Bottlenose Dolphin Surveillance Team for the Mississippi Sound
MS.R. 798 A Bottlenose Dolphin Surveillance Team for the Mississippi Sound, funded under the Bureau of Ocean Energy Management Coastal Impact Assistance Program.
The University of Southern Mississippi will provide academic training to graduate students and these students will receive relevant, practical field experience from the Institute for Marine Mammal Studies (IMMS) and NOAA National Marine Fisheries Service (NMFS). Seven Ph.D. students (or seven full time equivalents – FTEs) will receive experience in bottlenose dolphin research over the course of this four-year project funded by the Coastal Impact Assistance Program in the U.S. Fish and Wildlife Service.
Three students will work with the PI and focus on research involving relationships between pathogenic microorganisms and bottlenose dolphins. One student will examine the incidence of Vibrio species in dolphins. The second student will work with morbilliviruses in dolphins. The third student will examine bacterial isolates from dolphins and antibiotic resistance patterns.
Three students (one fully dedicated and two partially dedicated) will work with Robin Overstreet, one of the two co-PIs, to better understand the parasites and possible stresses caused by those parasites in dolphins. Their research will involve diagnostic aspects of parasites from necropsies, assessments of non-invasive indicators of dolphin health, parasite indicators of marine mammal origin (inshore/offshore pods) and migration, and public health aspects of known and potential zoonotic agents.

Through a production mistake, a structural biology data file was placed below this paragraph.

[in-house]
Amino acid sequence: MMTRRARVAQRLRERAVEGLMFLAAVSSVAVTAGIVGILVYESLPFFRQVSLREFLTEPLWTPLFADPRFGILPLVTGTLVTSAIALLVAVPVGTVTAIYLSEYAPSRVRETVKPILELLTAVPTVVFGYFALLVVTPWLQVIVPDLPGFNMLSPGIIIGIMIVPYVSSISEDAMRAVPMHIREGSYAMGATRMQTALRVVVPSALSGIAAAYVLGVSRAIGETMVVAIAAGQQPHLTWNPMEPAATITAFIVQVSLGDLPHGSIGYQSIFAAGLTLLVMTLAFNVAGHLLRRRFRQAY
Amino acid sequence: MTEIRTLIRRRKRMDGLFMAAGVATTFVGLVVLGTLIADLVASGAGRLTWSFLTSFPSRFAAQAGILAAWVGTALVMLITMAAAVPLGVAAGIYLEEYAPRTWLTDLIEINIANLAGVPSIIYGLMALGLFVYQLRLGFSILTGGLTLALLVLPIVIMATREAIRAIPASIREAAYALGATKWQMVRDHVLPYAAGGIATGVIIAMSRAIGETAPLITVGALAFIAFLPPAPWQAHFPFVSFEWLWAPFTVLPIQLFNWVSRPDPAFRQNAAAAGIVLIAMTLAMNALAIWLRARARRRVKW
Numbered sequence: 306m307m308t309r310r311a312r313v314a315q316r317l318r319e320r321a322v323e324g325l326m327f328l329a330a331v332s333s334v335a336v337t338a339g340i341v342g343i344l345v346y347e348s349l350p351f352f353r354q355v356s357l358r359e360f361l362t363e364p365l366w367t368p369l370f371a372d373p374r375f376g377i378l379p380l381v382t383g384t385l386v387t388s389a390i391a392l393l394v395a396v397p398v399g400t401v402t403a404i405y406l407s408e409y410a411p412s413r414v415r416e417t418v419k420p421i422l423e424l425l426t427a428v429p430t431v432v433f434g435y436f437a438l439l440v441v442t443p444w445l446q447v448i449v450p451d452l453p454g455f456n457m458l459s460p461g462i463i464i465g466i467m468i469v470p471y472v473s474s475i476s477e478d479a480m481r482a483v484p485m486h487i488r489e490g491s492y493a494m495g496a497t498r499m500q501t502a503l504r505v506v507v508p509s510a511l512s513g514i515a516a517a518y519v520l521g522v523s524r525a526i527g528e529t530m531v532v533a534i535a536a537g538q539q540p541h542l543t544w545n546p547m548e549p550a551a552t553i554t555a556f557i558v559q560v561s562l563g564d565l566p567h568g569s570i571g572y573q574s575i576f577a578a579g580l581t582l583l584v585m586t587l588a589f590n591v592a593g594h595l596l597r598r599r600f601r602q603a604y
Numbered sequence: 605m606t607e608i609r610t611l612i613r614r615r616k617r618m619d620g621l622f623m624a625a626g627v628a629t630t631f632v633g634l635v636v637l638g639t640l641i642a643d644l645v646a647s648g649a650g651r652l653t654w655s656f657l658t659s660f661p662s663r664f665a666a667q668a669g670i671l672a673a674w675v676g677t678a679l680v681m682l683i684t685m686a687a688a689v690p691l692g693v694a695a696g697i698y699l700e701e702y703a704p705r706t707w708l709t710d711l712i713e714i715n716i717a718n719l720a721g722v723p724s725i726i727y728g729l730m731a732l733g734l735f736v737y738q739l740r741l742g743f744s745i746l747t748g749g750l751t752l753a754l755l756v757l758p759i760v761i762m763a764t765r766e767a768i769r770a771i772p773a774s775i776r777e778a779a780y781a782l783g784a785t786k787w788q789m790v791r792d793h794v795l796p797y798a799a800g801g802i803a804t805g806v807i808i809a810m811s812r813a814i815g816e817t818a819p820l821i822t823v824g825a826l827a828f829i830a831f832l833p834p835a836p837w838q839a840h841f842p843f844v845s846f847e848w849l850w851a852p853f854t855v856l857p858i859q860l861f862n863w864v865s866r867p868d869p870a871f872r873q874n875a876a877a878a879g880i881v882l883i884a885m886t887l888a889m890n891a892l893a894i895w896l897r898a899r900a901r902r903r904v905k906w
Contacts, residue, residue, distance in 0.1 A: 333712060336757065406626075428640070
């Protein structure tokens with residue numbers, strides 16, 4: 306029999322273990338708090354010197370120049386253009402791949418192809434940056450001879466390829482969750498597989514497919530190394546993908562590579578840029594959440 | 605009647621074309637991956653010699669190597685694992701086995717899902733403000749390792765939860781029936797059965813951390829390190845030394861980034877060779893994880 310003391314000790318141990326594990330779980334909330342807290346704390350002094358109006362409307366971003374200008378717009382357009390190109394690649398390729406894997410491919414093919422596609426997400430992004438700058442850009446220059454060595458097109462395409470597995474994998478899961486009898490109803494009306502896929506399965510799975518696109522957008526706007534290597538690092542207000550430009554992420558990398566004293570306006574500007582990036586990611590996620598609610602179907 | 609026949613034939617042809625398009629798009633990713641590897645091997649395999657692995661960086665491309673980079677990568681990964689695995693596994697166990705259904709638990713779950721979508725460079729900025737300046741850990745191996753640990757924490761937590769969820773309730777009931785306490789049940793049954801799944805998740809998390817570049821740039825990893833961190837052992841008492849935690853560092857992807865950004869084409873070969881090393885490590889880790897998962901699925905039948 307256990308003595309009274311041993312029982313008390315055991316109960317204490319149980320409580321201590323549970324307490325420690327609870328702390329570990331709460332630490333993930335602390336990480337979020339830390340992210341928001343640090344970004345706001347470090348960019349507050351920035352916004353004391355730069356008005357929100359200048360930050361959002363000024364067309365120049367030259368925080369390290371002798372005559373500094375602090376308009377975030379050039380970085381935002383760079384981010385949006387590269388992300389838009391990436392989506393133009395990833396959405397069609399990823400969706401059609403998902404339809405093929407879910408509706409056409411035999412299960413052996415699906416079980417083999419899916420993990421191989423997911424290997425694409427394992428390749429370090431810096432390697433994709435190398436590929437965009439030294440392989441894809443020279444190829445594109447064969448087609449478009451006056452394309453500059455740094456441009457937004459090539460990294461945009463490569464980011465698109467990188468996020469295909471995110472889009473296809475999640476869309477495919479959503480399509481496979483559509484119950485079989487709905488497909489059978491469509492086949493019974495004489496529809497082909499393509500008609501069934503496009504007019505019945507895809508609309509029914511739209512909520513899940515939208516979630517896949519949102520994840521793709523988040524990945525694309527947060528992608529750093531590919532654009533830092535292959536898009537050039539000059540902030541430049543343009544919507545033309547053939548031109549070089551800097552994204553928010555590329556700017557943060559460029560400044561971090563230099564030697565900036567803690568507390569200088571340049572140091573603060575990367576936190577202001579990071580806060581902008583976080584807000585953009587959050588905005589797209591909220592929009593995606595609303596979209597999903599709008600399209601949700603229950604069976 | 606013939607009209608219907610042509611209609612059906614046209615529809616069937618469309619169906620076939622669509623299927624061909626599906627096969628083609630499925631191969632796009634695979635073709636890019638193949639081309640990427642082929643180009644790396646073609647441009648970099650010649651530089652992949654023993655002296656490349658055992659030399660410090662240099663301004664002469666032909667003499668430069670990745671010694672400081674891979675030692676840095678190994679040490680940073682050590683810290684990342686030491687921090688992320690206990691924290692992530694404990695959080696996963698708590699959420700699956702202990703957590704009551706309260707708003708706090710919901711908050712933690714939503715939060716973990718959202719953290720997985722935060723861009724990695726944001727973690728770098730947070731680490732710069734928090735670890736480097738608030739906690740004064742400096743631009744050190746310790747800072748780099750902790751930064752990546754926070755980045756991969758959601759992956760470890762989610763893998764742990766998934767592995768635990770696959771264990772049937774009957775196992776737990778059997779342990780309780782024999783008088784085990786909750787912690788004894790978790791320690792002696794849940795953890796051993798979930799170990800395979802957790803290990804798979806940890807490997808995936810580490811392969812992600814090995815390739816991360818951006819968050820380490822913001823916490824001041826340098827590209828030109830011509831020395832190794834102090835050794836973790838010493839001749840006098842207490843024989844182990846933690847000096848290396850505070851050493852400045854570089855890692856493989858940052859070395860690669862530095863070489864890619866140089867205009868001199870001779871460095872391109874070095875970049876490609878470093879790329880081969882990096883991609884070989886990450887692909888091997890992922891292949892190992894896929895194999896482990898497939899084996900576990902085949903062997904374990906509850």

A seventh student will work with Kevin Dillon, the other co-PI, examining carbon, nitrogen and sulfur stable isotopes in stranded dolphins and prey items in the northern Gulf of Mexico. This work complements existing studies examining trophic linkages of food webs involving oyster reefs and menhaden in Mississippi waters. Tissues collected from the dolphins will span a range of tissue turnover rates to evaluate the consistency of each dolphin’s diet over time.
In the first year, the graduate students will spend the equivalent of one week at the IMMS. They will learn field collection techniques for dolphins and biopsies, stranding intervention and relevant observation procedures. The graduate students will also work with NOAA/NMFS to learn about protected resources, especially bottlenose dolphins.
- D. Jay Grimes, Principal Investigator, email
- Kevin Dillon, Co-Principal Investigator, email
- Robin Overstreet, Co-Principal Investigator, email
- Shuo Shen, marine microbiology, email
- Corey Russo, marine microbiology, email
- Rachelle Williams, marine microbiology, email
- Joshua Allen, stable isotopes (chemical oceanography), email
- Eric Pulis, parasitology, email
- Michael Andres, parasitology, email
- Juan Manuel Carrillo, parasitology, email
Recognizing a Stranded Dolphin
"How to Tell the Difference between Stranded Dolphins vs. Dolphins Engaged in Normal Behavior" - To avoid false alarms, review this pdf fact sheet before reporting a stranding. Certain normal feeding behaviors of bottlenose dolphins may give the false impression that the animal is in distress.
A dolphin in distress typically:
- Is not feeding on fish
- Is either rolling in the surf or headed directly into the beach, and is not swimming in and out of
the shallow water actively
- shows outward physical signs of being in distress, including lethargy, labored or frequent
breathing, or injuries.
Report a Stranded Dolphin
To report a dolphin or other species of wildlife in distress, please call the Mammal Health and Stranding Response Program at (866) 557‐1401. This program is part of the the National Marine
Fisheries Service at the National Oceanic and Atmospheric Administration.